Sorry Mr. Edison, looks like your time is up!

The global community is focusing a tremendous amount of attention on the potential role of Compact Fluorescent Lamps (CFLs) in significantly cutting down household energy use. Given that CFL bulbs use only 20% of the power of an equivalent incandescent lamp, the benefits are crystal clear. The only problem: cost of these bulbs. In the US, Wal-Mart has begun aggressively pushing CFLs on their shelves and are also working hard to make CFLs more affordable. However, the bulbs are still prohibitively expensive for most Indians. Well, that could change soon [Via Businessworld]:

Uttar Pradesh Power Corporation (UPPCL) signed a memorandum of understanding (MoU) with two companies on a deal that involves the companies funding the entire cost of a compact fluorescent lamp (CFL) above Rs 10. The condition: UPPCL distributes about 22 million CFLs in exchange for existing incandescent lamps and at a cost of Rs 10 per CFL. “This is to mitigate the more than 2,000-MW per day gap between demand and supply of electricity in UP,” says a director in UPPCL.

So, I guess the burning question is how these companies which signed the MOU with UPPCL will actually generate profit. The hope is to monetize the certified reductions derived out of CFL use by selling them in the international market:

The financial model is attractive if the CFLs reach households instead of the grey market. CantorCO2e expects the cost of a CFL to be Rs 70 and an additional Rs 30 in the form of administrative and processing costs. As per the company’s estimates, each CFL that is successfully installed and gets certification from CDM is expected to earn 0.09 CER per annum as it will result in an annual saving of roughly 0.09 metric tonne of carbon dioxide emissions (one CO2 metric tonne is equivalent to one CER).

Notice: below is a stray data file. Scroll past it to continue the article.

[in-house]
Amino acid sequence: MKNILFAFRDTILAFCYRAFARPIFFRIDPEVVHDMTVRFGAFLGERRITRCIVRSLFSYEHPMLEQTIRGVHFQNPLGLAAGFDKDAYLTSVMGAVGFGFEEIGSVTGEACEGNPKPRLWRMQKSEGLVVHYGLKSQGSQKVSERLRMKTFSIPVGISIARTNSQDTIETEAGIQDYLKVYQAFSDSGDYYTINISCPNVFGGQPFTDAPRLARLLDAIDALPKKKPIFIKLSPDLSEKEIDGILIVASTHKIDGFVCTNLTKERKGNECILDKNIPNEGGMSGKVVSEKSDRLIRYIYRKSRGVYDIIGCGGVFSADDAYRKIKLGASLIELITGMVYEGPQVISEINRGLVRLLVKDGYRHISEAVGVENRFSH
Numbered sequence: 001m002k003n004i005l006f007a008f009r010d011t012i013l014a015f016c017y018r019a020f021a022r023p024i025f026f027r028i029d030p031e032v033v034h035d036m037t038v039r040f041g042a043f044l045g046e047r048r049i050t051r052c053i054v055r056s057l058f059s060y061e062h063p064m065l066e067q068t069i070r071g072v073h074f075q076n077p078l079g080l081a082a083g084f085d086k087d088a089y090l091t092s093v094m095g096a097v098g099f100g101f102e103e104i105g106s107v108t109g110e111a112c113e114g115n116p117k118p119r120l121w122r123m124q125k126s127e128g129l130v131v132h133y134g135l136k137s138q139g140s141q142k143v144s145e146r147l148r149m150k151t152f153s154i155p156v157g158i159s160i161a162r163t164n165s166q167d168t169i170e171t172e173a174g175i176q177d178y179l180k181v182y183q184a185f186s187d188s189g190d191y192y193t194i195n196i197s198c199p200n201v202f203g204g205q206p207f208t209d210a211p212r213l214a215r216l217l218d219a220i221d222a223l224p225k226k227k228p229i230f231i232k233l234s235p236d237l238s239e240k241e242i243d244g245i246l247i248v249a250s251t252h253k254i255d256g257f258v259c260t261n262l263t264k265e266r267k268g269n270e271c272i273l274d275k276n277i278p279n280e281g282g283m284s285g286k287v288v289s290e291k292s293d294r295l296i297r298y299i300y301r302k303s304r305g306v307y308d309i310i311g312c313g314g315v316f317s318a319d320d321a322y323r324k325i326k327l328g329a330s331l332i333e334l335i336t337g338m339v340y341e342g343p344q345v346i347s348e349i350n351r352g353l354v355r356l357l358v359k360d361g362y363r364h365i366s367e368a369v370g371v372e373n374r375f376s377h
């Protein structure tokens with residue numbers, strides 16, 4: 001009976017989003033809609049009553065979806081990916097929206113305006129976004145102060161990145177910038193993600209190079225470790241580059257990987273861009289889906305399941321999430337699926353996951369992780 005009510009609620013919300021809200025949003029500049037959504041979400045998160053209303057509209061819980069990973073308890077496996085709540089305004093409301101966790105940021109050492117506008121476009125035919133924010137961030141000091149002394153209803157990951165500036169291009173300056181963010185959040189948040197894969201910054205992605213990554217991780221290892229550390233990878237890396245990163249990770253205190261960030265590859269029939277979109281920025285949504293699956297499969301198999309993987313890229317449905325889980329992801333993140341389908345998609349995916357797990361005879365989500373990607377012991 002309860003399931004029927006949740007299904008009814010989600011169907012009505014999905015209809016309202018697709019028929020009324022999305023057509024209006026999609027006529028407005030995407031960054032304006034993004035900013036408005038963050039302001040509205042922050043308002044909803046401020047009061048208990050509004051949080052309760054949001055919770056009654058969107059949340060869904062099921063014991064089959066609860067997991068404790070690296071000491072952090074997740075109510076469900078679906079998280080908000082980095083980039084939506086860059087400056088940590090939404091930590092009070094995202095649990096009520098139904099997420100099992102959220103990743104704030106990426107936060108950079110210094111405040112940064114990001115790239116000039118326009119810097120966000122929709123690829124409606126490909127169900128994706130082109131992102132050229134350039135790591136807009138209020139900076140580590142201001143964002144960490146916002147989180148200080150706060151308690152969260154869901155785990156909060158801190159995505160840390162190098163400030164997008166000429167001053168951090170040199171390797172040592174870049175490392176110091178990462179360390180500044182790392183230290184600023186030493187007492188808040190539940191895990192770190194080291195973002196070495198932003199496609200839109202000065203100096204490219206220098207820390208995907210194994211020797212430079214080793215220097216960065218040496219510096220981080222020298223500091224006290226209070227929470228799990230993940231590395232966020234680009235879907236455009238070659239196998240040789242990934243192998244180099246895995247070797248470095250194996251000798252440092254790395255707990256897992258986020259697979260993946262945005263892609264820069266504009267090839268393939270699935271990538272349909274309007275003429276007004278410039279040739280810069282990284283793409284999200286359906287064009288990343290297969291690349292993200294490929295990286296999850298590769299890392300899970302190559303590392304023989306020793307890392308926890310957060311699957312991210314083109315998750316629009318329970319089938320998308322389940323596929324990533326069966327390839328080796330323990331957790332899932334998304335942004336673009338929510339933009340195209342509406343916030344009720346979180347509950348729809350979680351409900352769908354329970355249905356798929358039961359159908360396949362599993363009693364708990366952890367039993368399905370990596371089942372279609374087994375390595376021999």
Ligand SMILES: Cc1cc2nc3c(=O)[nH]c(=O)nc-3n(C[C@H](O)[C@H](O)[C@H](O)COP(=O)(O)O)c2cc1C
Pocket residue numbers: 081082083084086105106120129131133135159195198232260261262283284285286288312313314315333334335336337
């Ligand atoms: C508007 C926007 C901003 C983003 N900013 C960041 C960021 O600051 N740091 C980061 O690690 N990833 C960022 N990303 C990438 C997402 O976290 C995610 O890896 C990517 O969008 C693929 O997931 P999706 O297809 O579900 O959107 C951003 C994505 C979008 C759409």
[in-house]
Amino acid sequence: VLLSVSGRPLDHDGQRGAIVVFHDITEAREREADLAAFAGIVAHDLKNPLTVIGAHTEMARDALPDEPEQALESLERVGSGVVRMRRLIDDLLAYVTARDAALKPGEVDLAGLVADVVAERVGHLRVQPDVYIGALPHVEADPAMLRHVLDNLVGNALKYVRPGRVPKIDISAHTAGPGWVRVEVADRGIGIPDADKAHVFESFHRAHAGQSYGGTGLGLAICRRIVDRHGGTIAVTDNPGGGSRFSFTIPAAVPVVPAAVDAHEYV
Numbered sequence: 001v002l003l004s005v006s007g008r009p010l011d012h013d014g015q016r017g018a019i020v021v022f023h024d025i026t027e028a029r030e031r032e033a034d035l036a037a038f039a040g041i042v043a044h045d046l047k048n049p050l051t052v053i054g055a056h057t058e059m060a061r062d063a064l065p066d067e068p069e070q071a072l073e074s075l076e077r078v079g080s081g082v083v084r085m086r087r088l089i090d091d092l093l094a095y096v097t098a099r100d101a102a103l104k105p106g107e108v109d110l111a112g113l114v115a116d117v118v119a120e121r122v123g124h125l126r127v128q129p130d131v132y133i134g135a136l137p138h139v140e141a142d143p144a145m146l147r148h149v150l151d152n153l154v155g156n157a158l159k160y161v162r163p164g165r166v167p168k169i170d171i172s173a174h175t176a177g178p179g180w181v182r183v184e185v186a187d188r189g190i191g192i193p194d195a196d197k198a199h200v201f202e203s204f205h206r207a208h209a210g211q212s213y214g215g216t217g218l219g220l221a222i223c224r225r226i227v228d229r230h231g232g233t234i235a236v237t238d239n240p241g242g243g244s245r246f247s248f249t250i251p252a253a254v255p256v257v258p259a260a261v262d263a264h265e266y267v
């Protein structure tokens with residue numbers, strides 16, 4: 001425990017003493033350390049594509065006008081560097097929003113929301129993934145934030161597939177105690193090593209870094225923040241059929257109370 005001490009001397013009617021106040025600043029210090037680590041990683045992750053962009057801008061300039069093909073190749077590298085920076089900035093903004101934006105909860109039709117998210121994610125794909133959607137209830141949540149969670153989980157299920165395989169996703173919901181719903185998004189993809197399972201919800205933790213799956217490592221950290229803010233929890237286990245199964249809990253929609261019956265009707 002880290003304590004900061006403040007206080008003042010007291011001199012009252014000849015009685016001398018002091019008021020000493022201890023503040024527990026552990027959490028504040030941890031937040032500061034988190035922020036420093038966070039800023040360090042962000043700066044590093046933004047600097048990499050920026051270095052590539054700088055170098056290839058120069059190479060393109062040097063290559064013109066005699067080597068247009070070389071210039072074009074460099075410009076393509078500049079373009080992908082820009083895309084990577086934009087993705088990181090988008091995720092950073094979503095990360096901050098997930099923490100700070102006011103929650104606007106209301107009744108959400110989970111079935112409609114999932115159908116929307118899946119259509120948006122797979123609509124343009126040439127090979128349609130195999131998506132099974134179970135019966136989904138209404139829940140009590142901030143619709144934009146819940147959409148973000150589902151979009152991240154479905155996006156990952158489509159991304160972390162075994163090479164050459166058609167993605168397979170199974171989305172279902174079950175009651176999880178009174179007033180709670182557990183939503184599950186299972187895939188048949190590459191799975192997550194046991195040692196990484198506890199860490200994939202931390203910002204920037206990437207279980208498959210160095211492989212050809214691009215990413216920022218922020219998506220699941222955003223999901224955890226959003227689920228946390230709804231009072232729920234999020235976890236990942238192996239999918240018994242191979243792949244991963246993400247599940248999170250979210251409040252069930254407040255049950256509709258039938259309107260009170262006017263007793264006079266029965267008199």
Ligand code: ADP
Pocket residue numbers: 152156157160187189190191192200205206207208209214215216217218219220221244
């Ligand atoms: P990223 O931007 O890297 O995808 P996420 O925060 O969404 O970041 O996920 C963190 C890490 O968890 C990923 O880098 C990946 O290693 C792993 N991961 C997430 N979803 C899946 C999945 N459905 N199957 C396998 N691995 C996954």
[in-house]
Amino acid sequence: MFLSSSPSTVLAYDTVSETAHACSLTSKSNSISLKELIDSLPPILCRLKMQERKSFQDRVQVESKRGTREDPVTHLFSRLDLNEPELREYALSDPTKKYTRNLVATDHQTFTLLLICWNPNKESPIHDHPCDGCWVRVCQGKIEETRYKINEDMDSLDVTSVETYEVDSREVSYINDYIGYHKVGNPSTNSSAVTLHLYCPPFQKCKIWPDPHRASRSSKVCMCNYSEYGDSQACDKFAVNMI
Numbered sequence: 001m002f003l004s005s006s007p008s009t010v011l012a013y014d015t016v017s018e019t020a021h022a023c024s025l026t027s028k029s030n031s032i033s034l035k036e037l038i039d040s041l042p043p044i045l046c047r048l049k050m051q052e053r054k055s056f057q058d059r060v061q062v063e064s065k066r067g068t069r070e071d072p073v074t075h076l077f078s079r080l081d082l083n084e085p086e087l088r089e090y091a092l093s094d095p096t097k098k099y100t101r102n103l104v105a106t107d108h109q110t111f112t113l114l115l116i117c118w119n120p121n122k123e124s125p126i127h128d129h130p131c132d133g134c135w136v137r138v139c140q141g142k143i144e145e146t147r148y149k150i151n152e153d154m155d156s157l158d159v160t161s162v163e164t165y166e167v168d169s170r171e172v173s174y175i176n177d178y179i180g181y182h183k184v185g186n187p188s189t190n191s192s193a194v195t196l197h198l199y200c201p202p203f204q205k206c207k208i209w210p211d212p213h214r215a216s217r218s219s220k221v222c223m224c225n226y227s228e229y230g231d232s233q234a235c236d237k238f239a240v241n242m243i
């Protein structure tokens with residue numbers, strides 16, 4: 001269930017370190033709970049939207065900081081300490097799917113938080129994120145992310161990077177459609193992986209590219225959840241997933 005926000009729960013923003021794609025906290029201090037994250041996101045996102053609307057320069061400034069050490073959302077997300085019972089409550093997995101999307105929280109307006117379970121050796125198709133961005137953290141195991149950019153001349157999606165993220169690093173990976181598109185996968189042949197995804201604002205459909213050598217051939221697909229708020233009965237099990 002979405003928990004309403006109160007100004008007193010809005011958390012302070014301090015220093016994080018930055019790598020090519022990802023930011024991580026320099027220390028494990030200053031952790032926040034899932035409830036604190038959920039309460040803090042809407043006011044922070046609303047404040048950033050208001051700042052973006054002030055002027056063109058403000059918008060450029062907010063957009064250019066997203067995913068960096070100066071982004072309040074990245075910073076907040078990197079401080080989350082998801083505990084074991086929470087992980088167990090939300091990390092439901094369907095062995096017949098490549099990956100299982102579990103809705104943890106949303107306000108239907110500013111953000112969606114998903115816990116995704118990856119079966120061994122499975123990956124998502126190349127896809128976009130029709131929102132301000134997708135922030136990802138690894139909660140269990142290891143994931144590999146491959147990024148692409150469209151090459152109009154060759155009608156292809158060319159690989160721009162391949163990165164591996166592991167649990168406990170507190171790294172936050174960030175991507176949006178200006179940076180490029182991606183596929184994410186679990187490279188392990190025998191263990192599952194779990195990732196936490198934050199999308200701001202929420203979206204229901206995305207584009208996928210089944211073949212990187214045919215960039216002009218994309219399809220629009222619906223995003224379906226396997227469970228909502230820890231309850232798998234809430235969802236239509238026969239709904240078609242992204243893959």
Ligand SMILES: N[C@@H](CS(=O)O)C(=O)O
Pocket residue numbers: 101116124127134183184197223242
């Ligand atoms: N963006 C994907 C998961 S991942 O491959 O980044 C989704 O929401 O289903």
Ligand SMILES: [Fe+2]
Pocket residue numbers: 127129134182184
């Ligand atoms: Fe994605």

The business model is cutting-edge – and the companies involved are early pioneers. If it works in the pilot states, the model could be replicated nationwide and could help offset the power shortage in the country.

[Image Credit: Businessworld]

Note: Looks like Bangalore Electricity Supply Company (BESCOM) is also involved in a similar pilot project. TC-I had covered the story here.

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CFLs to replace incandescent bulbs in pilot project

From the Hindu:

BANGALORE: The Bangalore Electricity Supply Company (BESCOM) is in the process of launching an ambitious energy conservation project for the replacement of incandescent bulbs in households with highly energy-efficient Compact Fluorescent Lamps (CFLs).

The pilot project, which will be taken up in Bangalore Rural district, envisages the replacement of a maximum of four incandescent bulbs in each house, adding up to five lakh bulbs. The project is expected to begin in a month.

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